Wholesaler spotlight: Fukhera Khalid, Elbrook Cash & Carry

Fukhera Khalid tells Tan parsons how he is investing in booze, banqueting and Bollywood.

An off-licence depot in south London is probably not the first place you would look to find film stars, pop singers and sports heroes. But then again, Elbrook Cash & Carry is not your average wholesaler. Since the Mitcham-based business joined the Today’s buying group in 2010, managing director Fukhera Khalid has been working hard to increase its profile. ­

Fast Elbrook facts:

£143m turnover

55,000 sq ft depot size

52 staff

Buying group: Today’s Group

Location: Mitcham, south London

151 special formats

Speciality: Alcohol

15 customers using click & collect

Business split:
off-trade (60%)
on-trade (10%)
export (30%)

Founded in 1984

Former world champion boxer David Haye is a personal friend and along with the likes of rapper Professor Green and Breaking Bad actor Aaron Paul, he supports Elbrook’s annual charity gala dinners.

“I think what the celebrity connection does is it gives suppliers a better idea of who we are and what we do,” says Khalid.

“It’s a family business and we used to keep ourselves to ourselves. But if people know nothing about you, they assume you’ve got something to hide.”

In any case, the cat is now well and truly out of the bag. After starting out almost 30 years ago in a 10,000sq ft depot in Stratford, the wholesaler has grown turnover to £143m and has a thriving export business. In 2013 Elbrook was ranked ninth in the Sunday Times International Track 200, which measures Britain’s private companies with the fastest-growing international sales.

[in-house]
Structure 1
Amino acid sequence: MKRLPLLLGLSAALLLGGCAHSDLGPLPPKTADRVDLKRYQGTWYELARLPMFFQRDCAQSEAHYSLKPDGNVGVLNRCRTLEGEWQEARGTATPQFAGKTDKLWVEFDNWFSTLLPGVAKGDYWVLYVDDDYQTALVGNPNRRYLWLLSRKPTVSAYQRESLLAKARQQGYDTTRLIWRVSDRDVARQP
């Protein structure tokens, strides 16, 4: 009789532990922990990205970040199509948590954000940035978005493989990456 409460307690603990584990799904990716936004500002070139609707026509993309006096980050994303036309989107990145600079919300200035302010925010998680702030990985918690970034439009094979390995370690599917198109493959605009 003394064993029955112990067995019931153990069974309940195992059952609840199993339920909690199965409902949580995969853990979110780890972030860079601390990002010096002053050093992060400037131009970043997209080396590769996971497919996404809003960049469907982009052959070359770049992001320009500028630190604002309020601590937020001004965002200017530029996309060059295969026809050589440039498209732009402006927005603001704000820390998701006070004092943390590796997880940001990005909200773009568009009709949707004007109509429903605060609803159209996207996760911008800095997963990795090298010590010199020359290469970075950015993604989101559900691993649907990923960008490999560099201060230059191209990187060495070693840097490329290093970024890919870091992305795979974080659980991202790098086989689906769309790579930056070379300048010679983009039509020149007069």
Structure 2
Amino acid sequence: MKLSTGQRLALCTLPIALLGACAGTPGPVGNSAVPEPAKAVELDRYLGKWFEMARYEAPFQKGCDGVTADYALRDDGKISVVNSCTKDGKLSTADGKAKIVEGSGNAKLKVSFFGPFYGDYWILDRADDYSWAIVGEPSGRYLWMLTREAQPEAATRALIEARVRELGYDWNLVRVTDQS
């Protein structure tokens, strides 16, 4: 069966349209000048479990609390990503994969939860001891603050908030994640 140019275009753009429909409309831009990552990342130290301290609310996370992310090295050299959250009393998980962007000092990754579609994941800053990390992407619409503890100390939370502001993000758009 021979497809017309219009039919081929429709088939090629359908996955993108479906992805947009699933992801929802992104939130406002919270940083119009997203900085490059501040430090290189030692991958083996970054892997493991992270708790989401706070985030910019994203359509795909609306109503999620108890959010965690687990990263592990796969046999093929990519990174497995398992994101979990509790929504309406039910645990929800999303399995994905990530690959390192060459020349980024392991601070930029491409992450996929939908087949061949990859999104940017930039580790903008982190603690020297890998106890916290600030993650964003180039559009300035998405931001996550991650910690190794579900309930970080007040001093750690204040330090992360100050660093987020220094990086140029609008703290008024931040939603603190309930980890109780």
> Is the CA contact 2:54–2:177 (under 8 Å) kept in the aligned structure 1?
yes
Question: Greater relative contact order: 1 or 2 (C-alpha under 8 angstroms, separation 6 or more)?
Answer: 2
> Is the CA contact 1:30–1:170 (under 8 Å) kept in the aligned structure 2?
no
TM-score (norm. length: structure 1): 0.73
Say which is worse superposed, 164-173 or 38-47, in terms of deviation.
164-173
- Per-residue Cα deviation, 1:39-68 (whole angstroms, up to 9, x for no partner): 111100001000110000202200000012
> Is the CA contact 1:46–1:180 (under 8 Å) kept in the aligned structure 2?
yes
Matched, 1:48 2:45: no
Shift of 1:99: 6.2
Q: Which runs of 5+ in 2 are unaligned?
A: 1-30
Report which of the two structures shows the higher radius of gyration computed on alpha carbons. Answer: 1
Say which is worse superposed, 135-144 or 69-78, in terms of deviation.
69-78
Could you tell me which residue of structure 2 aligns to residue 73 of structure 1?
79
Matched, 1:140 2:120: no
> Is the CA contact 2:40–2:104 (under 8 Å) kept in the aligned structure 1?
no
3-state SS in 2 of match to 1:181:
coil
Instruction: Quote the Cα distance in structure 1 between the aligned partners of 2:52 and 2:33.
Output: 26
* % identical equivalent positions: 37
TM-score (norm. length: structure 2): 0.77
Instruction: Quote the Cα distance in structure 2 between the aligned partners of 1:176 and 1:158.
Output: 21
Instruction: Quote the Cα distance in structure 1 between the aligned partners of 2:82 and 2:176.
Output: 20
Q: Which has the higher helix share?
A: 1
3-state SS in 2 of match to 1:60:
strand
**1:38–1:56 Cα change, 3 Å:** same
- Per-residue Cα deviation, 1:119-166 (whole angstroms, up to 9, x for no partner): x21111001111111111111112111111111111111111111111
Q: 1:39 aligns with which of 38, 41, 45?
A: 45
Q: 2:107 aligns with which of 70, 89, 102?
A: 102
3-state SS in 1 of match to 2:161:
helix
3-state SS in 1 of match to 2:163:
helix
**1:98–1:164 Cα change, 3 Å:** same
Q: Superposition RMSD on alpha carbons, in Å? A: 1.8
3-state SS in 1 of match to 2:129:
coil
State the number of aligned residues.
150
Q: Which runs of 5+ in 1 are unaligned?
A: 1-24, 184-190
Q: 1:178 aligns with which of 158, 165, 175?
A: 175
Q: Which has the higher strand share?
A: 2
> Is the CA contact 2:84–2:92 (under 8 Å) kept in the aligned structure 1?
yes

Where Elbrook succeeds is by specialising in booze. As well as the core, fast-moving lines, there are also premium brands, such as AnCnoc Rutter and Bruichladdich whiskies, and unusual formats, such as 15l bottles of champagne. No wholesalers nearby stock these products and they bring in customers from not just south London, but also Tonbridge in Kent and Brighton on the south coast.

“One of the things I believe in 100% is that whatever you do, you need to specialise,” says Khalid.

With the emphasis firmly on alcohol, there are no grocery lines stocked here. But that makes the depot attractive to customers, because they can be in and out much faster.

“If you ever go to a grocery cash & carry, there’s every­thing there, but you will be queuing up for hours,” he says.

“One thing people know is that when they come to us, they are in and out very quickly. We have the variety and with a lot of people now going upmarket, we’ve got a lot of better quality wines, spirits, unusual sizes – you name it. Anything that they want, that’s what we’ve got.”

The depot also offers a click & collect service, which is part of the drive to give top rate customer service.

The focus on licensed goods was what led Khalid to join Today’s in 2010. He felt the group had the right kind of London-centred promotions to suit his customers.

60 seconds with Fukhera